Some are concerned that Libra will compromise privacy; given Facebook’s record for breaches of personal data, this is an understandable worry. The vast repository of personal data coupled with Libra would give Facebook a concerning amount of reach and influence. The suggestion is that Facebook may enable the careful and deliberate targeting of its users with advertisements for financial products. In response, Facebook has stated it will maintain separation between personal data it holds and the Libra platform, therefore preventing active advertisement targeting. Unfortunately, there are concerns this may not be upheld in the years to come, especially given the use of consent bundling or “forced consent” methods, perhaps allowing Facebook to collect user data for the specific purpose of targeted advertising.
Lack of transparency concerns
Diminished financial transparency may also lead to greater problems when it comes to legal disputes whereby full financial disclosure is essential, for example, during regulatory investigations by bodies such as the HMRC, FCA, or HSE. Indeed, cryptocurrencies are notoriously hard to trace and value, especially when moved ‘offline’ onto a USB memory stick – making it essential to involve the services of digital forensic specialists, adding cost and time when handling complex financial disputes.
A boost for financial criminals
There are also fears that Libra will further facilitate crimes such as fraud, money laundering, and tax evasion, as has already been seen with existing cryptocurrencies. In the view of US treasury chief, Steven Mnuchin, cryptocurrencies “have been exploited to support billions of dollars of illicit activity like cybercrime, tax evasion, extortion, ransomware, illicit drugs and human trafficking…Monetary policy is properly the province of central banks…Facebook will not offer the Libra digital currency until we have fully addressed regulatory concerns and received appropriate approvals.”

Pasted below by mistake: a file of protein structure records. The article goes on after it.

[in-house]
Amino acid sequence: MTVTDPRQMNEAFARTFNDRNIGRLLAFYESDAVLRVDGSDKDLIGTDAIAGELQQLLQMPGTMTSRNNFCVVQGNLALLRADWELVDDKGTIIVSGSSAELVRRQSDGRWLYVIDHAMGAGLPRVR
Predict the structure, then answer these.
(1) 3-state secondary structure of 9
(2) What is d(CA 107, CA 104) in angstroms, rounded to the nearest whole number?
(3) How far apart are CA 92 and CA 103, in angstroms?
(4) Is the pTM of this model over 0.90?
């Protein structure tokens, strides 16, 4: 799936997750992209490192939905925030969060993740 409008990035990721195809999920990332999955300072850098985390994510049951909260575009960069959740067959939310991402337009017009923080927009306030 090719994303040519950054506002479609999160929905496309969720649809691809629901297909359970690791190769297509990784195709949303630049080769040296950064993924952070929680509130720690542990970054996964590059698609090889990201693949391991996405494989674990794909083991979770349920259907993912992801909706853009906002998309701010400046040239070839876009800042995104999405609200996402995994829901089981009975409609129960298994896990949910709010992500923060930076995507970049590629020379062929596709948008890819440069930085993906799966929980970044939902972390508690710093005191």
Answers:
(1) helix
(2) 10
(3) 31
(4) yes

Furthermore, would Facebook or other crypto-currency controllers realistically be able (or even willing) to freeze or seize digital assets of terrorist organizations who might use the e-currency to fund terror campaigns? This must remain, at least for now, a distinct possibility and concern for governments and security authorities.
It is all too easy to fear the unknown. We are right on the cusp of considerable changes, from Artificial Intelligence (AI), the Internet of Things (IoT), and now wide-scale adoption of digital crypto-currencies. One of the main benefits of Libra, as highlighted by Facebook, is that it will enable millions of people worldwide who have no bank account to become part of the modern economy. But quite whether Libra comes with a series of less positive implications for individuals, companies, institutions, governments, and countries, remains to be seen.
As we have seen from past experience, there is a tendency for some high-growth companies to delay focusing on legal and regulatory issues until they have achieved growth or market position. Indeed, it has been suggested that the extreme success achieved by global giants, like Uber and Airbnb, might be in part as a result of their ability to skirt certain laws and regulations. Arguably, this possibility should be heeded by law makers and regulators when it comes to new and highly influential players such as Libra.
Indeed, it could be said that Facebook’s inaction (or, at best, slow reaction) towards handling violent hate speech and other extremist views in the past, demonstrates that the pertinent questions raised in this article must be addressed now, before serious problems emerge.
Please note – this article does not constitute legal advice.